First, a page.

Great article! I noticed that you did not consider the Alfa Romeo Spider. The body style, suspension and engine drive train, etc. remained pretty much the same from 1966 through 1994. It did go through four basic phases, S1-S4 as US safety and emissions requirements were incorporated into the vehicles.E The Spider has become an icon similar to the MG.
  • 55
    Rick Ca. December 5, 2013 at 21:40
    I wonder where all those old Checkers are now...
  • 56
    Sherm Walnut Creek CA December 5, 2013 at 00:36
    One of the longest lived and still rolling on is the Lincoln Town Car, used here in the SF Bay by limo drivers well past half a million miles. Ford needs to spin off the Lincoln Brand and Focus on Ford cars and trucks. Please note the great success of Land Rover/Jaguar after the brands were sold off and acquired by new investors. Lincoln Languishes under Ford.
  • 57
    Dave Brown Marion,Ia. December 7, 2013 at 10:42
    The Checker was a tough car indeed but as far as "clapped out"Ford Crown Vics go there is a reason why they were and are still popular with cabbies. Most Chevy motors in the Checkers would not go 300K+ miles without an overhaul. The Vics fuel injection setup was very reliable compared to GM's carb setup.They will go the distance with great reliability and many of them are on their second tour in life coming off hard Police duty. Remember,they were the car of choice even when rear drive Police Caprices were out there. There is no comparison. Ask any cab company. Nothing flashy. Just a good solid car. By the way it ran in the same basic form 1992-2011
  • 58
    Dan Snyder Columbus, OH December 9, 2013 at 15:11
    The Citroen DS, 1955 through 1975. Over a million manufactured.
  • 59
    dan az December 10, 2013 at 17:12
    sorry to partially dissagree, but only two of your car selections are worth mentioning. 1. VW 2. Jeep. The rest are outdone by the MINI, 2cv, Unimog (still made today), model T.
  • 60
    Ron Cochrell Paulsbo WA. December 11, 2013 at 01:30
    We need to add the Mercedes 300SD from the early 80's through the decade!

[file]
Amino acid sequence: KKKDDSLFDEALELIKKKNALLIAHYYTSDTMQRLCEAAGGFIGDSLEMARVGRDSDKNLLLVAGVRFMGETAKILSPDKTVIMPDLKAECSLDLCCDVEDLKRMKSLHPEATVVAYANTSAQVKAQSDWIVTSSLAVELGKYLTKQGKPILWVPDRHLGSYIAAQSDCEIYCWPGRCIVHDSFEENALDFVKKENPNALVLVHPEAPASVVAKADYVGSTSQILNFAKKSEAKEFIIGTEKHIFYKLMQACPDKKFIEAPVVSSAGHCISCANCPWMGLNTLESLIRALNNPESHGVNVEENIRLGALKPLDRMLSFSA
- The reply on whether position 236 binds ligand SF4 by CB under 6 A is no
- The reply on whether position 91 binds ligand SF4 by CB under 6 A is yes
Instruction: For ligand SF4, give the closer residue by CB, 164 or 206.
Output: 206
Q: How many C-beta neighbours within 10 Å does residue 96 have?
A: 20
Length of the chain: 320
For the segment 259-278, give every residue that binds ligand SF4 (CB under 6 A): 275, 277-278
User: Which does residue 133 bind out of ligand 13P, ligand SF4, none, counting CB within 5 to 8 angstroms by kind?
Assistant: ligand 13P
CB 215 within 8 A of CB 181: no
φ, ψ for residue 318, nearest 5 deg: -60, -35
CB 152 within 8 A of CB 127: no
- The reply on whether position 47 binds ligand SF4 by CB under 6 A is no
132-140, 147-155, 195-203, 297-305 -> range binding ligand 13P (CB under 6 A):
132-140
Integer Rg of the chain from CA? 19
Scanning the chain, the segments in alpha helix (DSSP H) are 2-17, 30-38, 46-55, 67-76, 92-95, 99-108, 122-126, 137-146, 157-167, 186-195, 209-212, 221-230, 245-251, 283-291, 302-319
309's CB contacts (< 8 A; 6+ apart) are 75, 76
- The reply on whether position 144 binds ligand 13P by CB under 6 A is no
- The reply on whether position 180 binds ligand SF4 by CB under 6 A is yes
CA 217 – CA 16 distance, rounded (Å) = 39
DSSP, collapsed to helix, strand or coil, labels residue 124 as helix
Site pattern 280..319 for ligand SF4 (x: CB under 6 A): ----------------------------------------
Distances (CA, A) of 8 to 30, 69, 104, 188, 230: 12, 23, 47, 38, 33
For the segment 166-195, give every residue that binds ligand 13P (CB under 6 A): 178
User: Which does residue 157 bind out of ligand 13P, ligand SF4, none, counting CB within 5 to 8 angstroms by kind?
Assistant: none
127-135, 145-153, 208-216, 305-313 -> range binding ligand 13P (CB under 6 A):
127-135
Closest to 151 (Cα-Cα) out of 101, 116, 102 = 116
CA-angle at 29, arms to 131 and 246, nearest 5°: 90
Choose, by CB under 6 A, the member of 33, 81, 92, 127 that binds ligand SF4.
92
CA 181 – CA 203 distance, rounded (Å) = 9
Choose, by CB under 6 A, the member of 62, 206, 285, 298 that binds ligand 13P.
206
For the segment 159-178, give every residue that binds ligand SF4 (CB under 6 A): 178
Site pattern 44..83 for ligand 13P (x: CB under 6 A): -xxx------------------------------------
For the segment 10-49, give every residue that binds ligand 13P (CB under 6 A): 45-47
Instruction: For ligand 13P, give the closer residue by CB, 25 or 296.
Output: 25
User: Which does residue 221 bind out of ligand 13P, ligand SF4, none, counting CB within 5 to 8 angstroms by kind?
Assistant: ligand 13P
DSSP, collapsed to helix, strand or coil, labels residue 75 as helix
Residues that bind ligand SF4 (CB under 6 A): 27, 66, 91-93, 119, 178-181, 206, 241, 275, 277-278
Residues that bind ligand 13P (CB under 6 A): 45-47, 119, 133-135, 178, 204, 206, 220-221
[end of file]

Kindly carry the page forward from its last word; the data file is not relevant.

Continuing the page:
• 61
    Mark S P Maryland December 11, 2013 at 15:31
    Has everyone forgotten about the Morgan Trike? In production more or less for 90 years. Beat that.
  • 62
    John central NY February 24, 2014 at 16:26
    The longest running production car in the world is a Morgan 4/4. They started in 1936 and still build them today. They even look very similar. Morgan started building three wheelers in 1909 until 1951. They were considered motorcycles and taxed that way. I get sick of people saying VWs or corvettes. I just noticed Peter and Mark's comments. Good Job
  • 63
    Weldon Knape Arizona May 20, 2015 at 20:29
    Back in the early 70s, we had been driving a loaded to the gills Ford LTD station wagon. Growing tired of issues with the many accessories, we bought a used Checker station wagon. It came standard with a 283 Chevy engine mated to a three speed manual transmission with a manual column shift. This example did have two accessories, an AM radio and a day/night mirror. Oh, another standard feature was rubber floor mats. This was back to the basics. This thing was like driving a tank. When a 70's T-Bird ran a red light and hit us in the side, we got a small dint in the finder and a slightly bent bumper. The front end of the T-Bird was strewn all over the intersection. The Checker was extremely basic and served us well. However, creature comforts became a priority and the trusty Checker was traded for a new Mercury Monarch, back to all the accessories. I guess we fell into the category of ultra-practical eccentrics. One other important fact is that Checker offered more standard color options than any other manufacturer at the time. Ours was robin's egg blue.
  • 64
    Jerry Hilliard Fayetteville Arkansas May 20, 2015 at 20:52
    While perhaps not as widely known as these the Alfa Romeo 1967 - 1994 Spyder had a good, long run...maybe like the MGB, a little too long. But the last versions still look really good, I think.